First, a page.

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Need vs want on upgrading HW
#1
Hi Guys

During my last move i cleaned house (no phun intended) on cleaning out the many (semi)old machines, laptops, desktops, servers etc. Only holding on to my private primary laptop for the only thing i would keep for the interim, and promising myself that i would get a new system once move was completed.
Here is the thing, i don't game or do video encoding. Just casual usage and some small VM's from time to time to test out things. Being forces to only use that one machine Thinkpad T440p, sporting a 4th gen i5-4300M (2C/4T), with 16 GB, it actually handles all i need pretty well, with little noise and taking up almost no space (I have it in a dock connected to a large monitor). It even has an integrated HD4600, that can actually handle light gaming, not high FPS games but casual stuff to pass the time.
For server I have a WD NAS, and a seperate IntelNUC for running my Docker stuff for home-automation.
Now i find myself in a situation where i have the cash for a total new build Ryzen 3900X, 32GB and all that would include, but i find my self asking - Why should i?  Yes I have as much gear lust as the next man/girl/geek - but it seems like a total waste as i would not really be putting it to good use.
I'm running Linux only, and have done so for the last many years, so the requirement on HW have never really been an issue for my use-case. 
What are you thinking, have you guys had similar thoughts, or do you just say F* it, I have the cash and i want new shiny ?
Sorry if this is a weird topic - but it has been brewing in my head for a loooong time, and i would like some more perspectives from other people on this as well.
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#2
(09-06-2020, 09:58 AM)rhode Wrote: What are you thinking, have you guys had similar thoughts, or do you just say F* it, I have the cash and i want new shiny ?

If you're asking yourself "Do I need it or just want it?" the answer is no, you don't really need it.

It sounds like your current hardware is handling everything you normally do, and presumably runs fast enough to keep you happy, So the prudent thing to do is put that new machine on your wish list till next September.

By then either it's price will have come down because of newer faster computers being introduced, or a faster hairier computer will have become available for just a few dollars more. Either way you win.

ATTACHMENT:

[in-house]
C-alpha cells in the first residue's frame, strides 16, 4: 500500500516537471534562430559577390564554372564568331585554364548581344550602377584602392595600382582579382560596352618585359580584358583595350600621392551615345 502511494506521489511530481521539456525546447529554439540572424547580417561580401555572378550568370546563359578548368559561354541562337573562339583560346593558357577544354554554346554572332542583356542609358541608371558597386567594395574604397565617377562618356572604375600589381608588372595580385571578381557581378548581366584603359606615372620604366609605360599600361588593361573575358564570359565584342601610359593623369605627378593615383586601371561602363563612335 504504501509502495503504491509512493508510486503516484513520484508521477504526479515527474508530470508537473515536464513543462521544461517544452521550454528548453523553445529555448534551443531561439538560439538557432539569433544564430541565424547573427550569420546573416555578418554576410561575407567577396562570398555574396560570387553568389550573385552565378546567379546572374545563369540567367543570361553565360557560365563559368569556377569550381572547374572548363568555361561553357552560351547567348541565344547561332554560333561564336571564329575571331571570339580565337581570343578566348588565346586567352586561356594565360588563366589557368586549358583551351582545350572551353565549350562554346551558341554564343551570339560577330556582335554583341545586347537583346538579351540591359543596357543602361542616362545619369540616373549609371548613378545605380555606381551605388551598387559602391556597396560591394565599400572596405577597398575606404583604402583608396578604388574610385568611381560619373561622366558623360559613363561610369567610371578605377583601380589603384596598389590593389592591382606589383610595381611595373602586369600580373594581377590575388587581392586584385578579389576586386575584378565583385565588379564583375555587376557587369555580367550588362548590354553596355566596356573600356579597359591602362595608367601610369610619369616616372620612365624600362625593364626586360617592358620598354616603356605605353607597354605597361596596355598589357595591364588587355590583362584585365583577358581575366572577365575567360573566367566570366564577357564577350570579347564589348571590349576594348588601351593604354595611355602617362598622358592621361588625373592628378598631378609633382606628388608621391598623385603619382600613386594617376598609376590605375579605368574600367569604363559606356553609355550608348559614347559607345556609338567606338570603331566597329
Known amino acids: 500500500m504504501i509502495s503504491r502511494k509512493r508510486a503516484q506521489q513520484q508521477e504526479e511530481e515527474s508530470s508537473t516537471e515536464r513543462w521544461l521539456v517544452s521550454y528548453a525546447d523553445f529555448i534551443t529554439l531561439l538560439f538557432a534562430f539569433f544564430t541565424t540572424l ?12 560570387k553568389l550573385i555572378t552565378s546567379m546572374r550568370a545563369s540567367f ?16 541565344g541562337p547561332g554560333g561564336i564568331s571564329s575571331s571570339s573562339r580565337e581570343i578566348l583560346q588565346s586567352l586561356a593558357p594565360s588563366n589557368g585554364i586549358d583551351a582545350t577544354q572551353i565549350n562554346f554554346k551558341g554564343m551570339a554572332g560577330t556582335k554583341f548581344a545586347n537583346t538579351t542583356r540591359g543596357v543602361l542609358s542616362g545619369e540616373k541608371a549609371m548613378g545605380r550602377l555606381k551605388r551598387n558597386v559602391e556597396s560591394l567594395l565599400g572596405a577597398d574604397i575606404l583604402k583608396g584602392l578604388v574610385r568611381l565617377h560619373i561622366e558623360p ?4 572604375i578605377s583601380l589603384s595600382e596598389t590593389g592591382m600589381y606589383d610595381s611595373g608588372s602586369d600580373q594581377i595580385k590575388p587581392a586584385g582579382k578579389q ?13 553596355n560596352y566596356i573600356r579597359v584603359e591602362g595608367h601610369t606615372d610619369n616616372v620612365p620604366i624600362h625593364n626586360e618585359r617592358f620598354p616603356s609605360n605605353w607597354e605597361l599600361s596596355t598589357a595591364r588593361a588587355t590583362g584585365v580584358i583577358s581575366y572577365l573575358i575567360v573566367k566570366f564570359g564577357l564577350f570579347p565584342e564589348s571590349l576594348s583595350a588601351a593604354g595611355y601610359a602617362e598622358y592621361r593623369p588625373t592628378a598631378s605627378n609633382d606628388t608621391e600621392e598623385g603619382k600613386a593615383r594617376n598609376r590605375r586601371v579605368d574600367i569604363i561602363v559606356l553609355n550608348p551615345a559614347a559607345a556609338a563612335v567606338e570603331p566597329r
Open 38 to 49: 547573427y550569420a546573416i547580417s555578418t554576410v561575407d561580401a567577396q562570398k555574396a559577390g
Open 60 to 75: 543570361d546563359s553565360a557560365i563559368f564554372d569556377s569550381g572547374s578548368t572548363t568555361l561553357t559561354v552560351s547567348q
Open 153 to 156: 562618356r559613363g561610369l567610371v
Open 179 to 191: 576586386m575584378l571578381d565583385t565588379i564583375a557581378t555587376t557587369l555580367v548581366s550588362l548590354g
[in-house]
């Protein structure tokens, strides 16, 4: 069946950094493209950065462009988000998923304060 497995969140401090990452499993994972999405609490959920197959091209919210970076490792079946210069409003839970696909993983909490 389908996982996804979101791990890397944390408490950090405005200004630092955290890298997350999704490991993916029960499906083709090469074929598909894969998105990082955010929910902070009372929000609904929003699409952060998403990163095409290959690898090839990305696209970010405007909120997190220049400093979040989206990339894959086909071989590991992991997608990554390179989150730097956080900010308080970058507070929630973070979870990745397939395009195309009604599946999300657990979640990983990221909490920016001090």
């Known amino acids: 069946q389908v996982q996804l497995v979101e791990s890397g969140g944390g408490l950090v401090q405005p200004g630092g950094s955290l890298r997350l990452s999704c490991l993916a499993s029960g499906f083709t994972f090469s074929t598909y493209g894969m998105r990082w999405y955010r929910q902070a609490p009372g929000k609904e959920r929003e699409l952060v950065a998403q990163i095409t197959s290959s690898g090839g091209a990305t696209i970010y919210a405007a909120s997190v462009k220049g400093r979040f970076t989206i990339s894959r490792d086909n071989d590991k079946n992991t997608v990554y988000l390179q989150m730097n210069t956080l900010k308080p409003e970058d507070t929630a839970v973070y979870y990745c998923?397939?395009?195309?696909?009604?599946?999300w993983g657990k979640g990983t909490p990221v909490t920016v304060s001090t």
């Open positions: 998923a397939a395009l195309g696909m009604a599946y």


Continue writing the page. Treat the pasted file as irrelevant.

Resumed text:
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#3
I guess the thing I would ask is:
1. do you have the money to get a new system most of the time, if so wait till you need more.
2.are you able to get a new computer for a limited time and want to hedge for the future, if so get it now.
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#4
Currently my main laptop is a thinkpad x200. The device is ancient, yet for most things I do when not at home (email, text editing, programming, listening to music) it is perfectly fine. The only issues making me want something newer is the laptops poor battery life, its loud fan and no hardware acceleration for video playback. However it is probably impossible to find a modern laptop that comes close in build quality while having a decent keyboard and good Linux support, so I will likely keep using it for the next few years.
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#5
(09-08-2020, 04:22 PM)leon.p Wrote: Currently my main laptop is a thinkpad x200. The device is ancient, yet for most things I do when not at home (email, text editing, programming, listening to music) it is perfectly fine. The only issues making me want something newer is the laptops poor battery life, its loud fan and no hardware acceleration for video playback. However it is probably impossible to find a modern laptop that comes close in build quality while having a decent keyboard and good Linux support, so I will likely keep using it for the next few years.

Yeah - im also heavily leaning towards just keeping what I have. It actually contains 3x disks and plenty of RAM for my use - so being honest there is no real need.
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#6
(09-09-2020, 12:56 PM)rhode Wrote: Yeah - im also heavily leaning towards just keeping what I have. It actually contains 3x disks and plenty of RAM for my use - so being honest there is no real need.

Another way to look at it is to ask "How much is this money really worth to me right now?"

By that I mean things like:
  • Do you have an investment account that gives you a good safe return on your money?
  • Do you have any debt that you would benefit by paying down or paying off?
  • Do you have enough liquid assets to live 6-9 months without a job? (There's no such thing as job security in the current economic environment.)
  • Is there some other way this money could be put to more productive or more beneficial use instead of buying a new computer?
When making any purchase, people often overlook the cost/benefit ratio of doing "Option A" instead of something else. But often weighing different potential uses is the most effective way to make good spending decision.

{Here endeth Economics 101. Shy }
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